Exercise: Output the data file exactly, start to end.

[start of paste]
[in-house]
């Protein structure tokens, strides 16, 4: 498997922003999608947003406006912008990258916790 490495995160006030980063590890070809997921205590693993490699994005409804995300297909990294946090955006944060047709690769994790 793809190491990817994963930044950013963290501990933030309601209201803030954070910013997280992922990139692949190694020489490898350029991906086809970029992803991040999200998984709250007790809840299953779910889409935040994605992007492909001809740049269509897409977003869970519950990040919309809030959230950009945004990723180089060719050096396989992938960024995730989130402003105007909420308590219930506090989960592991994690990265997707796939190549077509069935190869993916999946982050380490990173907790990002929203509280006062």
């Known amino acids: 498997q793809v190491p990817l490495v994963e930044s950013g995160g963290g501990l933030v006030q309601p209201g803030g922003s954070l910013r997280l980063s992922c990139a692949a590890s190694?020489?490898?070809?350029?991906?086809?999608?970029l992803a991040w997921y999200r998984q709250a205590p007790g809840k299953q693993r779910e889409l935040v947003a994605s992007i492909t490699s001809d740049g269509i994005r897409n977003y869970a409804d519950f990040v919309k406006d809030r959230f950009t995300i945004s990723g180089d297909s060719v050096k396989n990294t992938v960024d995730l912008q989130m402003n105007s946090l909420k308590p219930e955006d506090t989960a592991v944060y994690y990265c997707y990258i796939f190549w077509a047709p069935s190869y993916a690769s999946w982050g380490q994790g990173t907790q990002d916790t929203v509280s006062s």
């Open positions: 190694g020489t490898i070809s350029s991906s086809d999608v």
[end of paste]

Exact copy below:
[in-house]
């Protein structure tokens, strides 16, 4: 498997922003999608947003406006912008990258916790 490495995160006030980063590890070809997921205590693993490699994005409804995300297909990294946090955006944060047709690769994790 793809190491990817994963930044950013963290501990933030309601209201803030954070910013997280992922990139692949190694020489490898350029991906086809970029992803991040999200998984709250007790809840299953779910889409935040994605992007492909001809740049269509897409977003869970519950990040919309809030959230950009945004990723180089060719050096396989992938960024995730989130402003105007909420308590219930506090989960592991994690990265997707796939190549077509069935190869993916999946982050380490990173907790990002929203509280006062």
């Known amino acids: 498997q793809v190491p990817l490495v994963e930044s950013g995160g963290g501990l933030v006030q309601p209201g803030g922003s954070l910013r997280l980063s992922c990139a692949a590890s190694?020489?490898?070809?350029?991906?086809?999608?970029l992803a991040w997921y999200r998984q709250a205590p007790g809840k299953q693993r779910e889409l935040v947003a994605s992007i492909t490699s001809d740049g269509i994005r897409n977003y869970a409804d519950f990040v919309k406006d809030r959230f950009t995300i945004s990723g180089d297909s060719v050096k396989n990294t992938v960024d995730l912008q989130m402003n105007s946090l909420k308590p219930e955006d506090t989960a592991v944060y994690y990265c997707y990258i796939f190549w077509a047709p069935s190869y993916a690769s999946w982050g380490q994790g990173t907790q990002d916790t929203v509280s006062s």
């Open positions: 190694g020489t490898i070809s350029s991906s086809d999608v």